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sensible horizon

noun, Astronomy
1.
See under horizon (def 2a).
Origin
1635-1645
1635-45

horizon

[huh-rahy-zuh n] /həˈraɪ zən/
noun
1.
the line or circle that forms the apparent boundary between earth and sky.
2.
Astronomy.
  1. the small circle of the celestial sphere whose plane is tangent to the earth at the position of a given observer, or the plane of such a circle (sensible horizon)
  2. Also called rational horizon. the great circle of the celestial sphere whose plane passes through the center of the earth and is parallel to the sensible horizon of a given position, or the plane of such a circle (celestial horizon)
3.
the limit or range of perception, knowledge, or the like.
4.
Usually, horizons. the scope of a person's interest, education, understanding, etc.:
His horizons were narrow.
5.
Geology. a thin, distinctive stratum useful for stratigraphic correlation.
6.
any of the series of distinctive layers found in a vertical cross section of any well-developed soil.
Origin
1540-50; < Latin horizōn < Greek horízōn (kýklos) bounding (circle), equivalent to horíz(ein) to bound, limit + -ōn present participle suffix (nominative singular); replacing Middle English orizonte < Middle French < Latin horizontem, accusative of horizōn
Synonyms
4. world, perspective, domain, viewpoint.
Dictionary.com Unabridged
Based on the Random House Dictionary, © Random House, Inc. 2014.
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British Dictionary definitions for sensible horizon

sensible horizon

noun
1.
See horizon (sense 2a)

horizon

/həˈraɪzən/
noun
1.
Also called visible horizon, apparent horizon. the apparent line that divides the earth and the sky
2.
(astronomy)
  1. Also called sensible horizon. the circular intersection with the celestial sphere of the plane tangential to the earth at the position of the observer
  2. Also called celestial horizon. the great circle on the celestial sphere, the plane of which passes through the centre of the earth and is parallel to the sensible horizon
3.
the range or limit of scope, interest, knowledge, etc
4.
a thin layer of rock within a stratum that has a distinct composition, esp of fossils, by which the stratum may be dated
5.
a layer in a soil profile having particular characteristics See A horizon, B horizon, C horizon
6.
on the horizon, likely or about to happen or appear
Derived Forms
horizonless, adjective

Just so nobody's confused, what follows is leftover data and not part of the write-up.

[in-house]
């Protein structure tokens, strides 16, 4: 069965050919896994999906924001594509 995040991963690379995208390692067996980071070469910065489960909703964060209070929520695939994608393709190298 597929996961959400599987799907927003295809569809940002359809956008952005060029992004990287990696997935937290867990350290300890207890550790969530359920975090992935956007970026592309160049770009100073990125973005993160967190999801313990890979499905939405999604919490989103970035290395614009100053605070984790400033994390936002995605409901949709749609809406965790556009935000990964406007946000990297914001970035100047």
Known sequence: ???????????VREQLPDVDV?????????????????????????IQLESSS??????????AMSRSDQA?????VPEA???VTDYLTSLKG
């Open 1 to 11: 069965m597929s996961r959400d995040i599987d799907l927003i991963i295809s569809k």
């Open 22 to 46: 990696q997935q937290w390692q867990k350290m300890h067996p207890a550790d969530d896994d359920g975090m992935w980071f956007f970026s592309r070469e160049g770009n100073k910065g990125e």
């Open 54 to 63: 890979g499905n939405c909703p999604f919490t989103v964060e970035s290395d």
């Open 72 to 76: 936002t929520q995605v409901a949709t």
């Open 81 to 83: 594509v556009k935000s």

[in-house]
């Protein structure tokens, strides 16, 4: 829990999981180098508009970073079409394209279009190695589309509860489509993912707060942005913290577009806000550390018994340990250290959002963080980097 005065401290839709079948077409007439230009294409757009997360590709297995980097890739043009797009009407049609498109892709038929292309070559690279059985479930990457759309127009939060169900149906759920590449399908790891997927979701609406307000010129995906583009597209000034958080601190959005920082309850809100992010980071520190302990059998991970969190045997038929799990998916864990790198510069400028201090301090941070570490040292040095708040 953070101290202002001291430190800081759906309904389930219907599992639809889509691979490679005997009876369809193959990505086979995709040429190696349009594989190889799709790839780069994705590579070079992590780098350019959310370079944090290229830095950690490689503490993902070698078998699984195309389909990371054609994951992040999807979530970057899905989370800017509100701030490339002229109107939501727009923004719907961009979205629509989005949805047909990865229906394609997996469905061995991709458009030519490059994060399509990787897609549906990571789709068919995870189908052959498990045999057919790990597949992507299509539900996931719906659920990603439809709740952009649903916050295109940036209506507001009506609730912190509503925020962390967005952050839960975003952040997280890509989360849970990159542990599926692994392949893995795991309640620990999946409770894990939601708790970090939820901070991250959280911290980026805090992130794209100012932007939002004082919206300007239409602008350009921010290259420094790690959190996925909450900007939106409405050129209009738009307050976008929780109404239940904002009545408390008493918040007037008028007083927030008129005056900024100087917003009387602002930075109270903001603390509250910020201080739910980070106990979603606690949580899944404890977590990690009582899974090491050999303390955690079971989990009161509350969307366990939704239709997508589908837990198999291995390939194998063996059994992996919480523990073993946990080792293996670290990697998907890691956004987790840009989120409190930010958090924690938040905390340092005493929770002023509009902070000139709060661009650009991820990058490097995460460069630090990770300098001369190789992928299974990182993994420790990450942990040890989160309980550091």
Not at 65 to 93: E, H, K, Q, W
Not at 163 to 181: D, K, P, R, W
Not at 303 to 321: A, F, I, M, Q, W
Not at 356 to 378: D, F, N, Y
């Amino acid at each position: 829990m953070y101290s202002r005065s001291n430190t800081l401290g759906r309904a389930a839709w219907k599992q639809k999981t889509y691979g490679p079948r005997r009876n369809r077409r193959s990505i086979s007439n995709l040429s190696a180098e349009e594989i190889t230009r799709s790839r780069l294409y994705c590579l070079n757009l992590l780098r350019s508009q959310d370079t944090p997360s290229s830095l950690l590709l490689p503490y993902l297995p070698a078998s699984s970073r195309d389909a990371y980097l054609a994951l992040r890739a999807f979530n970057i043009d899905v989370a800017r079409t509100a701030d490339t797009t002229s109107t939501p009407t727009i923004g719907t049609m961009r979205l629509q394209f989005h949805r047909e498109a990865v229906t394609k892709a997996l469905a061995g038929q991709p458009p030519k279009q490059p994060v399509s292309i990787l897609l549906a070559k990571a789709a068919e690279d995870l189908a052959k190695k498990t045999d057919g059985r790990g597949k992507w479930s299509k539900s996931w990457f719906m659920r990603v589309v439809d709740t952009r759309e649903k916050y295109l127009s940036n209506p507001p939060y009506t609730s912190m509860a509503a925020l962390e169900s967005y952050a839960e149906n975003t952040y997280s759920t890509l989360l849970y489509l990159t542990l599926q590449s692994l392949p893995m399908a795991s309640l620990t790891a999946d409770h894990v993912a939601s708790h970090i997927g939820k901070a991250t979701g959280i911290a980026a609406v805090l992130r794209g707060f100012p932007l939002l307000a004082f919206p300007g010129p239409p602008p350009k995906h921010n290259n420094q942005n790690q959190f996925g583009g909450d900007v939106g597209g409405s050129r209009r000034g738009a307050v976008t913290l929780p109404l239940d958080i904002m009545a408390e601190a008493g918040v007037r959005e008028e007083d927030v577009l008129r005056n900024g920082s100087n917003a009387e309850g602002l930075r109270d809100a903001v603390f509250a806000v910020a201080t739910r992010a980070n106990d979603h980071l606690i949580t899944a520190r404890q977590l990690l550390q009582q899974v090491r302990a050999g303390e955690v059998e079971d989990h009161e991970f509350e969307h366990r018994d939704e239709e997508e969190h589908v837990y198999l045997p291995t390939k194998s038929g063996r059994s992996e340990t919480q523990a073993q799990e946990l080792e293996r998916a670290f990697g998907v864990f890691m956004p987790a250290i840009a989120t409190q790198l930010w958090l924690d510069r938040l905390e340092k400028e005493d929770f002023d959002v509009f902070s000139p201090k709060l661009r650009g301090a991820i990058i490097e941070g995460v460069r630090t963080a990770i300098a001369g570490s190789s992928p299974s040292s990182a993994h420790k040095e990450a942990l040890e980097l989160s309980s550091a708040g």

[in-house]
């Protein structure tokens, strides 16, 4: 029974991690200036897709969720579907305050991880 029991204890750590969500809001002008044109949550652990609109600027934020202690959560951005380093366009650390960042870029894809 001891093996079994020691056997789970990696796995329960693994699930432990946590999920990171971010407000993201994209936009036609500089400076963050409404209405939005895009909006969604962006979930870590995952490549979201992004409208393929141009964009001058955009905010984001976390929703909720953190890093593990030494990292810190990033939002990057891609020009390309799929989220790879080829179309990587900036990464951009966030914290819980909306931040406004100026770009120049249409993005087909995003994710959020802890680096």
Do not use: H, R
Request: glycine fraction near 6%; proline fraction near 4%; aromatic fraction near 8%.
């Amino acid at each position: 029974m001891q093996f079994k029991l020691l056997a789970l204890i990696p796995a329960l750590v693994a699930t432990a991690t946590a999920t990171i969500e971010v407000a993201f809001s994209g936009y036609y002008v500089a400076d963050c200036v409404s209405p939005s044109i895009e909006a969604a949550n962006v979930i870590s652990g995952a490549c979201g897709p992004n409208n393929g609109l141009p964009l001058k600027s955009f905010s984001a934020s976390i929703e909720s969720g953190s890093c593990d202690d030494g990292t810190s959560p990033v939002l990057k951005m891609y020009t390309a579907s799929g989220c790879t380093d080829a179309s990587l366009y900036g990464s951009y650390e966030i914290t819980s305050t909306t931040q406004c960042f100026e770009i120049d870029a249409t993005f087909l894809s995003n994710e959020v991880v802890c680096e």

Word Origin
C14: from Latin, from Greek horizōn kuklos limiting circle, from horizein to limit, from horos limit
Collins English Dictionary - Complete & Unabridged 2012 Digital Edition
© William Collins Sons & Co. Ltd. 1979, 1986 © HarperCollins
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Word Origin and History for sensible horizon

horizon

n.

late 14c., orisoun, from Old French orizon (14c., Modern French horizon), earlier orizonte (13c.), from Latin horizontem (nominative horizon), from Greek horizon kyklos "bounding circle," from horizein "bound, limit, divide, separate," from horos "boundary." The h- was restored 17c. in imitation of Latin.

Online Etymology Dictionary, © 2010 Douglas Harper
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sensible horizon in Science
sensible horizon
  (sěn'sə-bəl)   
The plane of an observer's position lying at a right angle to the line formed by the observer's zenith and nadir. The plane of the sensible horizon is parallel to the plane of the observer's celestial horizon but is tangential to the Earth's surface rather than passing through the Earth's center. Both the celestial and sensible horizons change with the observer's position. Compare celestial horizon.
horizon
  (hə-rī'zən)   
    1. The apparent intersection of the Earth and sky as seen by an observer. Also called apparent horizon.

    2. See celestial horizon.

    3. See sensible horizon.

    4. A specific position in a stratigraphic column, such as the location of one or more fossils, that serves to identify the stratum with a particular period.

    5. A specific layer of soil or subsoil in a vertical cross-section of land.

  1. Geology

    1. A specific position in a stratigraphic column, such as the location of one or more fossils, that serves to identify the stratum with a particular period.

    2. A specific layer of soil or subsoil in a vertical cross-section of land.

  2. Archaeology A period during which the influence of a particular culture spread rapidly over a defined area.


The American Heritage® Science Dictionary
Copyright © 2002. Published by Houghton Mifflin. All rights reserved.
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Idioms and Phrases with sensible horizon

horizon

The American Heritage® Idioms Dictionary
Copyright © 2002, 2001, 1995 by Houghton Mifflin Company. Published by Houghton Mifflin Company.
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